President Obama addressed the Radio and Television Correspondents' Dinner tonight in Washington.
His thirteen-minute speech poked some lighthearted fun at the media, and more at himself, members of his administration, and his government's actions since assuming office; it allowed him to personally connect with his audience before concluding with sincere recognition and thanks for the important role journalists play.
Obama is walking proof of the positive impact of charisma and charm in leadership. We can all think of politicians who offer tremendous substance, but whose personalities aren't quite as attractive; while they may indeed provide excellent direction for our government, we aren't as quick to get behind them. That personal charisma factor -- a gift, impossible to teach or to learn -- is what sets the truly great communicators apart from the very good.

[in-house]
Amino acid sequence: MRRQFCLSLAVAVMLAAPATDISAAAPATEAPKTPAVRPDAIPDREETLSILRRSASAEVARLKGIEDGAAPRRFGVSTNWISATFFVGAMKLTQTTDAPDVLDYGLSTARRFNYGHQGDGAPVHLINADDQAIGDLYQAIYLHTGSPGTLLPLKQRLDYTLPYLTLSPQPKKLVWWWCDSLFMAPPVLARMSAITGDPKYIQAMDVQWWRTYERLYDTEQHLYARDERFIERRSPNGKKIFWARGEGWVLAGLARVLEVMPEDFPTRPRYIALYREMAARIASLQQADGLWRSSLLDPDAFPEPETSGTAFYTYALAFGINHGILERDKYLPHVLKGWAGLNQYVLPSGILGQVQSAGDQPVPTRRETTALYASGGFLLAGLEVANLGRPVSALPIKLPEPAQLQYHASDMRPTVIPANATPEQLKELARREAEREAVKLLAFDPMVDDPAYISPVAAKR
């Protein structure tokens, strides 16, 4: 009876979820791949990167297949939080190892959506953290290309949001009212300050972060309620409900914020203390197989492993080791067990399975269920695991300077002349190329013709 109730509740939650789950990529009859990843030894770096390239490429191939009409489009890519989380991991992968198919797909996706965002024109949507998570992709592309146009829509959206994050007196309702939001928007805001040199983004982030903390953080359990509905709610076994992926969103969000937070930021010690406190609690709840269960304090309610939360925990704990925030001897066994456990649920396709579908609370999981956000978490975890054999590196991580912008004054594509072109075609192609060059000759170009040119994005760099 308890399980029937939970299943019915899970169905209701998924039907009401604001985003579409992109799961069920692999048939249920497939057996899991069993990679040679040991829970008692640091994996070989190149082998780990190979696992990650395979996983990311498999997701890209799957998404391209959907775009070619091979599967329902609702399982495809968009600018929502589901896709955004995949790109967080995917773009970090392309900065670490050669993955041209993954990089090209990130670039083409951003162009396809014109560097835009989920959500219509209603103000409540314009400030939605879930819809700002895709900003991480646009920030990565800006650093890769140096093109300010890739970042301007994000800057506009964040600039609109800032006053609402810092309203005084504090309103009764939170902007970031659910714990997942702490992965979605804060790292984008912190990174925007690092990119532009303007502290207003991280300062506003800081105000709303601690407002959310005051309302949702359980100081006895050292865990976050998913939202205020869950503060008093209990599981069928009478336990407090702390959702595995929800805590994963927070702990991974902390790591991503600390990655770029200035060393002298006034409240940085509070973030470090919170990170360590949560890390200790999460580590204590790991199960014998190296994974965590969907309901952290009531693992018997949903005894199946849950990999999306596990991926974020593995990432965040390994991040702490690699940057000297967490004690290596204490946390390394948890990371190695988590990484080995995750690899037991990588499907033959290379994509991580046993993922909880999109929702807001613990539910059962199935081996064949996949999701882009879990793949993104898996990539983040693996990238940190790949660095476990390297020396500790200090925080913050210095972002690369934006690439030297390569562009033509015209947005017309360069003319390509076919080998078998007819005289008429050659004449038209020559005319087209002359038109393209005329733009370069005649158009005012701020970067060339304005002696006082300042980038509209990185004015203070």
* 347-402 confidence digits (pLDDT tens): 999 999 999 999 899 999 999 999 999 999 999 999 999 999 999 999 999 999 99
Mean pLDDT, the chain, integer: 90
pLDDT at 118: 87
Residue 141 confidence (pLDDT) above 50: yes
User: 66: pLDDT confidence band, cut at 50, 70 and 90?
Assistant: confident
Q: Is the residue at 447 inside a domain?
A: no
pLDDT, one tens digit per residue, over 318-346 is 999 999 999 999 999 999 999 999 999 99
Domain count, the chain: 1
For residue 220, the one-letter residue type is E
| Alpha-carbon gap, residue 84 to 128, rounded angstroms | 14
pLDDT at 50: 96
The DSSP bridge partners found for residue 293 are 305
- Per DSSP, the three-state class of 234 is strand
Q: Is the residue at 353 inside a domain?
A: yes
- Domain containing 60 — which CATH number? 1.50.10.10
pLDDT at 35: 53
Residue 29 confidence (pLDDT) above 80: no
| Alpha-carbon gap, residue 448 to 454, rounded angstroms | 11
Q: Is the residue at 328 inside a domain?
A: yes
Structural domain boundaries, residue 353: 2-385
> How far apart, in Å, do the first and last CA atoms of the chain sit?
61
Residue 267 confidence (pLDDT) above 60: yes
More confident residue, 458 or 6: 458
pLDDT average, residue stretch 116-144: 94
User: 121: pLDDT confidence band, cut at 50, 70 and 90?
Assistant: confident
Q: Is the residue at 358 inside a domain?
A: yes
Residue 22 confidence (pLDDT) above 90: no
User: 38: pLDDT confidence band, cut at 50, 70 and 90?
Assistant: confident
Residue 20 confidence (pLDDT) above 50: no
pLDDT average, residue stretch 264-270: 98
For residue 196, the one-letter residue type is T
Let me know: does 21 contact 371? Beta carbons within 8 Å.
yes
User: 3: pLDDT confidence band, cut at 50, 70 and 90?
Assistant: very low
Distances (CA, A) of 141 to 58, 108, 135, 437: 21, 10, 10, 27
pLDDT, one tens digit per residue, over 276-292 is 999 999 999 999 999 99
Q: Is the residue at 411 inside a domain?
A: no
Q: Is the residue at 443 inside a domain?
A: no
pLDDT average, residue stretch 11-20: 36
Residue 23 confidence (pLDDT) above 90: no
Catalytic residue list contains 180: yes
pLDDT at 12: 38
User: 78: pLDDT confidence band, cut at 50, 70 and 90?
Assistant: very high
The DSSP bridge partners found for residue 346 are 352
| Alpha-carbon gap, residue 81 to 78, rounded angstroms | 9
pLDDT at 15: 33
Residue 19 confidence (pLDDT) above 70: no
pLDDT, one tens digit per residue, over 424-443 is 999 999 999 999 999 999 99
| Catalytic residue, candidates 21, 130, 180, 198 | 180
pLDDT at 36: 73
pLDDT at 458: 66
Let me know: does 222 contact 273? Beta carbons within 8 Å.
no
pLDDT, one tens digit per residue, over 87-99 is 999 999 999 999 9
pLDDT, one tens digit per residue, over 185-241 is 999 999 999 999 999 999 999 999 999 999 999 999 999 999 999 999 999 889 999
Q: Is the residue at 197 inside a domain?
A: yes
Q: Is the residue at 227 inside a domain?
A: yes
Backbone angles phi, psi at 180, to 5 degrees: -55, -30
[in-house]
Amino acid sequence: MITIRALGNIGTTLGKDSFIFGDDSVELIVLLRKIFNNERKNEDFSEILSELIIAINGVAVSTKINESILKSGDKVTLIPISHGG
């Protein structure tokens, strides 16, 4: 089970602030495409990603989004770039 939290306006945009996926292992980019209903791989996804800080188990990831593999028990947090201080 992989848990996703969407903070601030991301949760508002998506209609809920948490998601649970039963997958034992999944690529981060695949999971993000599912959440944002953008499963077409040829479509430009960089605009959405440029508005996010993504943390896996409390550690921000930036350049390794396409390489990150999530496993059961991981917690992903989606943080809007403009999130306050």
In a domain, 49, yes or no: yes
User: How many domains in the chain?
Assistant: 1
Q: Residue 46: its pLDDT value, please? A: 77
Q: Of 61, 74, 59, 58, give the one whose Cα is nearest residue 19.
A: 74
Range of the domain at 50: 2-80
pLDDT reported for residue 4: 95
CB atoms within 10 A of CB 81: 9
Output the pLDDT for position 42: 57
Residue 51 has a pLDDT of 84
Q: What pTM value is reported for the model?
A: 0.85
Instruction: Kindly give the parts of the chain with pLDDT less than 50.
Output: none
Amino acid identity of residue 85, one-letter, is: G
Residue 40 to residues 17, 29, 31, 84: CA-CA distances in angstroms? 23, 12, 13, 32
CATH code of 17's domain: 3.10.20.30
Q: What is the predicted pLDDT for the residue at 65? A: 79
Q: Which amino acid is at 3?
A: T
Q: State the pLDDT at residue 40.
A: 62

This isn't to say that charisma and charm are enough. Without substance, a candidate won't go nearly as far (or at least, not with longevity); but as Obama has proven time and again, a leader who exhibits both personal "likability" and real substance is tough to beat.